Information & Resources

Find information and resources to help manage your pain.

Get Help & Support

Find the tools you need to
help you manage your pain.

Get Involved

Help make a real difference to people
in the UK living with chronic pain.

About Us

Find out about Pain Concern and how
we can help you.

Not all in the mind

It is unfor­tu­nate­ly not uncom­mon for peo­ple in pain to be told by oth­ers (fam­i­ly, col­leagues or health­care pro­fes­sion­als) that their pain must be ‘all in the mind’. Aman­da C de C Williams gives some tips on how you can respond

There is a way of think­ing that says that if some­thing can­not be explained med­ical­ly or iden­ti­fied by med­ical tests then it must be ‘psy­cho­log­i­cal’. The idea is either that the per­son ‘believes’ that they have pain, but doesn’t real­ly, or that what­ev­er pain they have aris­es entire­ly from men­tal process­es and is not ‘real’. It is dif­fer­ent from acknowl­edg­ing that pain and emo­tion­al dis­tress or psy­cho­log­i­cal dis­or­ders may be related.

The fact that cur­rent med­ical knowl­edge can­not explain some­thing does not mean that a mech­a­nism for the pain will not even­tu­al­ly be dis­cov­ered lead­ing to effec­tive treatments.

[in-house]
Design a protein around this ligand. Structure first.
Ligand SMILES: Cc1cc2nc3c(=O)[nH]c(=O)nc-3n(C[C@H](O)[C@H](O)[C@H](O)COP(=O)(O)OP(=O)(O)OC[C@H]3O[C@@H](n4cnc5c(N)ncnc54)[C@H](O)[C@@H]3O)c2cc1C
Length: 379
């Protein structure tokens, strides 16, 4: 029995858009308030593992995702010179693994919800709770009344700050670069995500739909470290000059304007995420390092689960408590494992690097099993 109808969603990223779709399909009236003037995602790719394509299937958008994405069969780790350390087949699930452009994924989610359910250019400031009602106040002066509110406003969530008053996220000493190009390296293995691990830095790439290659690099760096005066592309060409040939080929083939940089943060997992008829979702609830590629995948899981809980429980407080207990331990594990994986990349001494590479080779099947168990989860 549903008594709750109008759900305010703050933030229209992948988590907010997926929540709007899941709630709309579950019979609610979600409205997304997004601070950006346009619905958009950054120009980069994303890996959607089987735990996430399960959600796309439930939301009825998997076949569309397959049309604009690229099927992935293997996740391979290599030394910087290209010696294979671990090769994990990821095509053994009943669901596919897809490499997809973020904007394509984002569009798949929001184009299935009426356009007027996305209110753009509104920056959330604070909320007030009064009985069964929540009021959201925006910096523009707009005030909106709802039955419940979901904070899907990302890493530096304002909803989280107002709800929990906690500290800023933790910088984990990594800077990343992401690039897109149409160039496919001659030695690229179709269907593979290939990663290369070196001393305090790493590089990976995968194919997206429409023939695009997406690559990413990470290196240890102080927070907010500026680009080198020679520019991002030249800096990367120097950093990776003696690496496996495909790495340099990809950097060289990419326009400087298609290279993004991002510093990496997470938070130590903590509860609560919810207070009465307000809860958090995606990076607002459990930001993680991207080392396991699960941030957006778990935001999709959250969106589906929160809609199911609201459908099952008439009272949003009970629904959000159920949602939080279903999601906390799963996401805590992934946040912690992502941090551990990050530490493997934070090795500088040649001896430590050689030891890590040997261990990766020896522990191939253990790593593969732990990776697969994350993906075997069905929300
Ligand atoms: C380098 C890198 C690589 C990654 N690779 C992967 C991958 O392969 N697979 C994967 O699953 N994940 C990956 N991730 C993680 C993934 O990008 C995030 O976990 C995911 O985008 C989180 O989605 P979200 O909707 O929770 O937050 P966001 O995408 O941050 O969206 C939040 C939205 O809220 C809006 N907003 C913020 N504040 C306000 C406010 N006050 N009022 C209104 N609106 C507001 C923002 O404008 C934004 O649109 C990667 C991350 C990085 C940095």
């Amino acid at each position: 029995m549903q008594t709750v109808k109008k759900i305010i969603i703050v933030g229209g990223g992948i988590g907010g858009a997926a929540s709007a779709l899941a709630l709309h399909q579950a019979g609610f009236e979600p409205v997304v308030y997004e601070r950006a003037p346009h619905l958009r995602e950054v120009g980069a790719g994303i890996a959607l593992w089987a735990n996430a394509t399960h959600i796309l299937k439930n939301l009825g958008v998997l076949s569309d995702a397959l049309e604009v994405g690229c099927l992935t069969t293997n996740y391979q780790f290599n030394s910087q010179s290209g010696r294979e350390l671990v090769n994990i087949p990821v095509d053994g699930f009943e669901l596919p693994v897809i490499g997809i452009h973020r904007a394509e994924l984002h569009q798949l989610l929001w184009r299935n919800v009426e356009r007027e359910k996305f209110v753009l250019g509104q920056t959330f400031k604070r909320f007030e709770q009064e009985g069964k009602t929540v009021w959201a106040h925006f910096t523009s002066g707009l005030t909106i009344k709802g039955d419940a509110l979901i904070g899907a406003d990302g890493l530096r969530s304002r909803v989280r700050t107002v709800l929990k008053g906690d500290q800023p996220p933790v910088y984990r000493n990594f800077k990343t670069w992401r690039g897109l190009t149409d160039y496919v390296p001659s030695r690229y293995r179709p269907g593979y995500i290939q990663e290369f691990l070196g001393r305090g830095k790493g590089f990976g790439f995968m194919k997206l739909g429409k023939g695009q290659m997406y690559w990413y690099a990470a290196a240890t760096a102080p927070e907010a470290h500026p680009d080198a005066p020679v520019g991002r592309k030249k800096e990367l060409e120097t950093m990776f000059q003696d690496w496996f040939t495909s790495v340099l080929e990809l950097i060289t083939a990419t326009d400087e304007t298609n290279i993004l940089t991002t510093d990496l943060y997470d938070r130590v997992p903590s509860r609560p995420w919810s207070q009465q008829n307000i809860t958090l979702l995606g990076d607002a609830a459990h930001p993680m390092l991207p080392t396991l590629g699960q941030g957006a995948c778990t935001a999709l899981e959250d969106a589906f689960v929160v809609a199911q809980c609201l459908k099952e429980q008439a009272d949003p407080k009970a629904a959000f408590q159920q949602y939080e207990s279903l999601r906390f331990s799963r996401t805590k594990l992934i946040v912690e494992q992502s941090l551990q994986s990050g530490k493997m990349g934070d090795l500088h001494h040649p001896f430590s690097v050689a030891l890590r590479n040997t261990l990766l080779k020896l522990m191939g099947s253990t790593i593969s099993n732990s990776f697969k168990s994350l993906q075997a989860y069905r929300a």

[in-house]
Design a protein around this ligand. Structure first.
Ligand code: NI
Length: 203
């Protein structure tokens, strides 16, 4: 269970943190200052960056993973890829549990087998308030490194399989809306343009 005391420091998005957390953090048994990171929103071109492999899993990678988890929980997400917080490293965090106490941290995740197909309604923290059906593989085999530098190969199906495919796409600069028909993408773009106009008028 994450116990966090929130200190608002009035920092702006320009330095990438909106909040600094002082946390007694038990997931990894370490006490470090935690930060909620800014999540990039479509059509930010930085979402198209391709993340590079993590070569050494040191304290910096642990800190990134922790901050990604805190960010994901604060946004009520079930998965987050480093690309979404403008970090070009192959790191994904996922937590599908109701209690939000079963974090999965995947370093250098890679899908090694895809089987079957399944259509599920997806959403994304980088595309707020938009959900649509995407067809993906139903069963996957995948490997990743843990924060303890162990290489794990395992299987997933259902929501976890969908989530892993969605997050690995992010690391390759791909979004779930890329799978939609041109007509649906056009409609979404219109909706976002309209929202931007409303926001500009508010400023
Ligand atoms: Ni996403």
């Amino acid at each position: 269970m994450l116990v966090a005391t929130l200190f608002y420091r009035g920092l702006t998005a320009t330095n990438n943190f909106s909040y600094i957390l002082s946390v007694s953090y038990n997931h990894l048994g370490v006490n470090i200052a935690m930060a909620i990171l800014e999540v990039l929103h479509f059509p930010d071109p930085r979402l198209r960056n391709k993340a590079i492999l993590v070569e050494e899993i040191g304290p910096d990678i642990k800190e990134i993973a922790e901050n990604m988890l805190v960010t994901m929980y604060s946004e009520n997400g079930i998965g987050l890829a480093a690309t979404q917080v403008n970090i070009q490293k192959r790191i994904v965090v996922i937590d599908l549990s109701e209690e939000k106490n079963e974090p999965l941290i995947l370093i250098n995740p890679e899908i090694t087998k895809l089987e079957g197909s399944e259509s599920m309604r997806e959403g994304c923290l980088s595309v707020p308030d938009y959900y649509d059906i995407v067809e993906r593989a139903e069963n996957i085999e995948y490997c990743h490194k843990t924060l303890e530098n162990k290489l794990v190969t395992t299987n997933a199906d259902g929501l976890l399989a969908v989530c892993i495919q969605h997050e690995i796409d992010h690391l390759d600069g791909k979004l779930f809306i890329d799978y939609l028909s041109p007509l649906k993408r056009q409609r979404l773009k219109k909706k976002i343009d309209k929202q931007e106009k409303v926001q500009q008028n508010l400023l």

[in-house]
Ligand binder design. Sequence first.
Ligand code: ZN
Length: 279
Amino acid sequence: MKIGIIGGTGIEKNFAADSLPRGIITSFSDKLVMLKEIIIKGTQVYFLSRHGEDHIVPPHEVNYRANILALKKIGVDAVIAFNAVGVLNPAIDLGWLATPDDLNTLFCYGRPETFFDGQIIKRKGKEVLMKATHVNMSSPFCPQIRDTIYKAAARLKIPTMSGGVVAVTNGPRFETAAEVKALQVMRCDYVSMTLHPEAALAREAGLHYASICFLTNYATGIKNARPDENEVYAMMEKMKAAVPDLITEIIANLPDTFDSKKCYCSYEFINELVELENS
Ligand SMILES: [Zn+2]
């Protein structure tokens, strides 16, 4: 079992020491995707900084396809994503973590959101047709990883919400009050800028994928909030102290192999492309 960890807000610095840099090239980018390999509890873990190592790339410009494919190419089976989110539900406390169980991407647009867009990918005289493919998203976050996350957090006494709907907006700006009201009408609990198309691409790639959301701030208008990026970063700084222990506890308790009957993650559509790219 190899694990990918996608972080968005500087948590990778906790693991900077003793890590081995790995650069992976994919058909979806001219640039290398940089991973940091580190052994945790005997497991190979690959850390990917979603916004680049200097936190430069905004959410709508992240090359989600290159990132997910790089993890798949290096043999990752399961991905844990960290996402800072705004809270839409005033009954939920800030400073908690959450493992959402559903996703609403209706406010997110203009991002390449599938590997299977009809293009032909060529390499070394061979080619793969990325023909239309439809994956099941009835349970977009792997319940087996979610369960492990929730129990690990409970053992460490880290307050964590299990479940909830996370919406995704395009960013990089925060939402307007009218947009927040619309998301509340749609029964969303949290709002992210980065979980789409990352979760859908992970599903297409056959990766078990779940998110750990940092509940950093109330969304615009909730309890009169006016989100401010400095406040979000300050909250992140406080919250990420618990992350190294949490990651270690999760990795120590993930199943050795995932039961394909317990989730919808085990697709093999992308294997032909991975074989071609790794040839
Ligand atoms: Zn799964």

If you have been told that your pain is all in the mind, here are four assertive respons­es you could use:

‘Pain is a mind-body prob­lem. The two can’t be separated.’

‘I’m dis­tressed because of my pain and the prob­lems it caus­es. Pain caus­es dis­tress, not the oth­er way round.’

‘I realise it is good news that the inves­ti­ga­tions [X‑ray, scan, blood tests] show noth­ing seri­ous. But I feel pain because that’s what my ner­vous sys­tem tells my brain and no inves­ti­ga­tion can show that.’ After all, plen­ty of acute pains accept­ed as ‘real’ wouldn’t show up on inves­ti­ga­tions like that, from headache to mus­cle cramp to renal colic.

‘If you had pain like this, and it affect­ed your life like it affects mine, don’t you think you would be worried/distressed/depressed/frustrated?’


Aman­da C de C Williams is a Read­er in Clin­i­cal Health Psy­chol­o­gy at Uni­ver­si­ty Col­lege Lon­don, and Con­sul­tant Clin­i­cal Psy­chol­o­gist at the Pain Man­age­ment Cen­tre of the Nation­al Hos­pi­tal for Neu­rol­o­gy & Neu­ro­surgery, London.

Not all in the mind © Aman­da C de C Williams. All rights reserved. March 2014.

https://painconcern.org.uk/cordless-car-vacuum-cleaner-eraclean-best-handheld-vacuum/